On November 12, 1999, 16 years ago today, a longtime banking safety law known as the Glass-Steagall Act was effectively repealed when President Bill Clinton signed the Gramm-Leach-Bliley Act. The original Glass-Steagall law was passed in 1933 in response to the Wall Street crash of 1929 which led to the Great Depression. Its purpose was to build a wall between commercial and investment banking in order to prevent banks from using taxpayer-backed deposits to make risky investments. Much of the repeal came from regulatory decisions dating from the 1980s, but the 1999 law completed the task.
In the decades following Glass-Steagall, the nation enjoyed relative financial tranquility. Within a half-decade after the repeal of Glass-Steagall, Wall Street recklessness caused a crash that left a $12+ trillion hole in the economy.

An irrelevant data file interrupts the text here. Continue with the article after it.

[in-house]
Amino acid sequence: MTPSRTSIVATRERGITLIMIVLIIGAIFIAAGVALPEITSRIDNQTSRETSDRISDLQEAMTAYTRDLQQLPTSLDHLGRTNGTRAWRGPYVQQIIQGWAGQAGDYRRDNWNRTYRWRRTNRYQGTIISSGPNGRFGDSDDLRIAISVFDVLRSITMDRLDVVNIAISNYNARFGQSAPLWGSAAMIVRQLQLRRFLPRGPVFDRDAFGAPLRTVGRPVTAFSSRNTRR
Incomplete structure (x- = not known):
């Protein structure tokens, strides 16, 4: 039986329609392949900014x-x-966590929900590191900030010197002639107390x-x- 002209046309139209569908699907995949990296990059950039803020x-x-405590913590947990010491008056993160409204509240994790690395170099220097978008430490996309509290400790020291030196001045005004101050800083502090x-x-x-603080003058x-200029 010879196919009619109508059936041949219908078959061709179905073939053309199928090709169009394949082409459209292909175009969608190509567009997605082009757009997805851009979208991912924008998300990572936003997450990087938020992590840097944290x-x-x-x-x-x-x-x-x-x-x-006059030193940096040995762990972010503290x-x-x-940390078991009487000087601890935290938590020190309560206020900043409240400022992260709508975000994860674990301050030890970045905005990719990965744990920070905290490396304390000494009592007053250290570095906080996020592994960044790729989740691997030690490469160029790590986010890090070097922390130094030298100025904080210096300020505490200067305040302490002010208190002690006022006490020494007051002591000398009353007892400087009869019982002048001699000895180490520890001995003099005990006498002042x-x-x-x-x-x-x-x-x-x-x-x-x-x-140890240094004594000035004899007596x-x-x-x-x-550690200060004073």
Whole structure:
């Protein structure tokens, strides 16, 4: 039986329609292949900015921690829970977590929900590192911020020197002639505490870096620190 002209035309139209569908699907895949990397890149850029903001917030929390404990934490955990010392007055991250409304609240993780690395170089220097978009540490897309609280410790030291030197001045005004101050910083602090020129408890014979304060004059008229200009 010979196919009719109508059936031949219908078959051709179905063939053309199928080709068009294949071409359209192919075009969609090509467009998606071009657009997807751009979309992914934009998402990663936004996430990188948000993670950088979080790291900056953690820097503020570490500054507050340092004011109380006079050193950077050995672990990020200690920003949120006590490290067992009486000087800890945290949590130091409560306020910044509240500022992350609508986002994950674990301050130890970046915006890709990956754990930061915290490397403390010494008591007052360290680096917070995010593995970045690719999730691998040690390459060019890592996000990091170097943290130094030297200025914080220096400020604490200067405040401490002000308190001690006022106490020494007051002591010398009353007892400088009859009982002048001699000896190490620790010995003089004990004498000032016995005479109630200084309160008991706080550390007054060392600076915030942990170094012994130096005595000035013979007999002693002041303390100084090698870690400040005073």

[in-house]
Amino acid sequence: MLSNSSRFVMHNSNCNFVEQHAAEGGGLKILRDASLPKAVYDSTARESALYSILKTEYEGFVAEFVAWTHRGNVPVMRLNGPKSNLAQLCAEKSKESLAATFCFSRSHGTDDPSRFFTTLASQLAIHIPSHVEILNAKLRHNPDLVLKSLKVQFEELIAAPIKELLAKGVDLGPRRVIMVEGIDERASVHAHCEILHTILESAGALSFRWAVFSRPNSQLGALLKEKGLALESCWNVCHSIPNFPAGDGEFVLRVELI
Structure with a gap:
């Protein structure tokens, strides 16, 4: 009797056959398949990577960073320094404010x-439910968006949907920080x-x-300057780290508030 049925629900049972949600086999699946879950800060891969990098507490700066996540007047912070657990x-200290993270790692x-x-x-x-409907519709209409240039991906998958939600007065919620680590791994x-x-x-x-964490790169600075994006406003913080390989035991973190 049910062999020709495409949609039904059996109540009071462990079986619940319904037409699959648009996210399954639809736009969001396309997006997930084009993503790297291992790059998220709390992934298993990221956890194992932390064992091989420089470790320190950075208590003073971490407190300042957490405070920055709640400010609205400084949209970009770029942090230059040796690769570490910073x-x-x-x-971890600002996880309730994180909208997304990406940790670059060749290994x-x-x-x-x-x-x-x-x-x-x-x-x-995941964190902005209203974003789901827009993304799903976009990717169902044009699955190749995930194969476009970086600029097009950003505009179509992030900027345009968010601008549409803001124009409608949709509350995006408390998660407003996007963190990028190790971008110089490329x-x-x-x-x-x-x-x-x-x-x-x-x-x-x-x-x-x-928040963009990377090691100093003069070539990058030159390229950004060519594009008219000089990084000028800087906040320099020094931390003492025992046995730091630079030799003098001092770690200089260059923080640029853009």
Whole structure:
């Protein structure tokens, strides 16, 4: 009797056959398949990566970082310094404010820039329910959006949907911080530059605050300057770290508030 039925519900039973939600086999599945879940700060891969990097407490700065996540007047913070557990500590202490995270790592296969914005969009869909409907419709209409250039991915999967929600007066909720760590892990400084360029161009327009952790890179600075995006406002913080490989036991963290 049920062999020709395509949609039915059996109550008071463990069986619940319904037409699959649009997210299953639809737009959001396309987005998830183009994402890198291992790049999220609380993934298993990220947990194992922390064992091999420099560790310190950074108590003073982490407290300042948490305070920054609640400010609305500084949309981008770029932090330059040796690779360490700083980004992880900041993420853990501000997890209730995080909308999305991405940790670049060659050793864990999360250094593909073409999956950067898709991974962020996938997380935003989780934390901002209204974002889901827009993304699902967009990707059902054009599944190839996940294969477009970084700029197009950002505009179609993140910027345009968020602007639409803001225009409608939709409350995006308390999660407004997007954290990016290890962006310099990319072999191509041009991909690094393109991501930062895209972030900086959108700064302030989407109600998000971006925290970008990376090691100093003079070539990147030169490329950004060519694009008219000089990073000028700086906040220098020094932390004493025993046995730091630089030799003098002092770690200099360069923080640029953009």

The need to revive the “Safety Glass” separation between commercial and investment banking has been in the news quite a bit recently — for good reason. The nation’s biggest banks are bigger than ever and the risk of a financial meltdown and government bailouts to banks considered to be “too big to fail” is still all too present.
U.S. Senators Elizabeth Warren (D-Mass.) and John McCain (R-Ariz.) reintroduced their bipartisan “21st Century Glass-Steagall Act” legislation in July and bipartisan companion legislation was introduced in the House as well. More